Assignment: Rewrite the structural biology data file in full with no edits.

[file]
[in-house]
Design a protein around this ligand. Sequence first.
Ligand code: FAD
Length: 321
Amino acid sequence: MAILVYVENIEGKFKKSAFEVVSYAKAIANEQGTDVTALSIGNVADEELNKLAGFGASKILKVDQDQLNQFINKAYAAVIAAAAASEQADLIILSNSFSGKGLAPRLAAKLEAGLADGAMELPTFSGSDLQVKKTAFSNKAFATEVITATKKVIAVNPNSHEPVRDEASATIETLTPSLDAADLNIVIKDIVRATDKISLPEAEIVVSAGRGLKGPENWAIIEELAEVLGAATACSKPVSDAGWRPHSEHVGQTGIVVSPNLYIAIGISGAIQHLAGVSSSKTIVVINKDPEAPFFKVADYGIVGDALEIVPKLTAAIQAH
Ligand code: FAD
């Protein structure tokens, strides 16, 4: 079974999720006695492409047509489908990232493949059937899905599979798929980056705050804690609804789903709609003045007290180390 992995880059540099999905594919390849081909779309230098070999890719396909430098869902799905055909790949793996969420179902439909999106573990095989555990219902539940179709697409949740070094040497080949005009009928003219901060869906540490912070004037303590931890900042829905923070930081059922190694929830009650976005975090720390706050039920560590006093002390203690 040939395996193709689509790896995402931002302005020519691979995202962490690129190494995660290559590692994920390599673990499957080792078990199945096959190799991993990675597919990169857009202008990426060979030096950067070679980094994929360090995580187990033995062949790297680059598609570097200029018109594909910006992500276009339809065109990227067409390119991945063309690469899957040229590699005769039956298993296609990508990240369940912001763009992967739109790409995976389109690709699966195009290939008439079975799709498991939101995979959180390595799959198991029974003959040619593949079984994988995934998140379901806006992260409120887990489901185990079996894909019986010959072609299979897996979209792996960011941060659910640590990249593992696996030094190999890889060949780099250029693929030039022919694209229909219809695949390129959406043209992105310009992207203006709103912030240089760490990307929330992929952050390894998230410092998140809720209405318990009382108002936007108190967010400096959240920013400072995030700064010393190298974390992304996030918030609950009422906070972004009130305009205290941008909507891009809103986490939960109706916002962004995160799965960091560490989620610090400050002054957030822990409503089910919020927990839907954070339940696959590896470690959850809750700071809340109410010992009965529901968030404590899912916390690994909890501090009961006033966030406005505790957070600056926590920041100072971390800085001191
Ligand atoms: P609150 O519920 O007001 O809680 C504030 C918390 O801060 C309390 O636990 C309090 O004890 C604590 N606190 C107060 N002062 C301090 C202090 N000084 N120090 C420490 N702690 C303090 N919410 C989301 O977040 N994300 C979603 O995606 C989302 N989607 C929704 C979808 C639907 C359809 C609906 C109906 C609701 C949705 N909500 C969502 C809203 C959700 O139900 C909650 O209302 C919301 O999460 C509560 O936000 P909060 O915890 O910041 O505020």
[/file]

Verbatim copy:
[in-house]
Design a protein around this ligand. Sequence first.
Ligand code: FAD
Length: 321
Amino acid sequence: MAILVYVENIEGKFKKSAFEVVSYAKAIANEQGTDVTALSIGNVADEELNKLAGFGASKILKVDQDQLNQFINKAYAAVIAAAAASEQADLIILSNSFSGKGLAPRLAAKLEAGLADGAMELPTFSGSDLQVKKTAFSNKAFATEVITATKKVIAVNPNSHEPVRDEASATIETLTPSLDAADLNIVIKDIVRATDKISLPEAEIVVSAGRGLKGPENWAIIEELAEVLGAATACSKPVSDAGWRPHSEHVGQTGIVVSPNLYIAIGISGAIQHLAGVSSSKTIVVINKDPEAPFFKVADYGIVGDALEIVPKLTAAIQAH
Ligand code: FAD
């Protein structure tokens, strides 16, 4: 079974999720006695492409047509489908990232493949059937899905599979798929980056705050804690609804789903709609003045007290180390 992995880059540099999905594919390849081909779309230098070999890719396909430098869902799905055909790949793996969420179902439909999106573990095989555990219902539940179709697409949740070094040497080949005009009928003219901060869906540490912070004037303590931890900042829905923070930081059922190694929830009650976005975090720390706050039920560590006093002390203690 040939395996193709689509790896995402931002302005020519691979995202962490690129190494995660290559590692994920390599673990499957080792078990199945096959190799991993990675597919990169857009202008990426060979030096950067070679980094994929360090995580187990033995062949790297680059598609570097200029018109594909910006992500276009339809065109990227067409390119991945063309690469899957040229590699005769039956298993296609990508990240369940912001763009992967739109790409995976389109690709699966195009290939008439079975799709498991939101995979959180390595799959198991029974003959040619593949079984994988995934998140379901806006992260409120887990489901185990079996894909019986010959072609299979897996979209792996960011941060659910640590990249593992696996030094190999890889060949780099250029693929030039022919694209229909219809695949390129959406043209992105310009992207203006709103912030240089760490990307929330992929952050390894998230410092998140809720209405318990009382108002936007108190967010400096959240920013400072995030700064010393190298974390992304996030918030609950009422906070972004009130305009205290941008909507891009809103986490939960109706916002962004995160799965960091560490989620610090400050002054957030822990409503089910919020927990839907954070339940696959590896470690959850809750700071809340109410010992009965529901968030404590899912916390690994909890501090009961006033966030406005505790957070600056926590920041100072971390800085001191
Ligand atoms: P609150 O519920 O007001 O809680 C504030 C918390 O801060 C309390 O636990 C309090 O004890 C604590 N606190 C107060 N002062 C301090 C202090 N000084 N120090 C420490 N702690 C303090 N919410 C989301 O977040 N994300 C979603 O995606 C989302 N989607 C929704 C979808 C639907 C359809 C609906 C109906 C609701 C949705 N909500 C969502 C809203 C959700 O139900 C909650 O209302 C919301 O999460 C509560 O936000 P909060 O915890 O910041 O505020």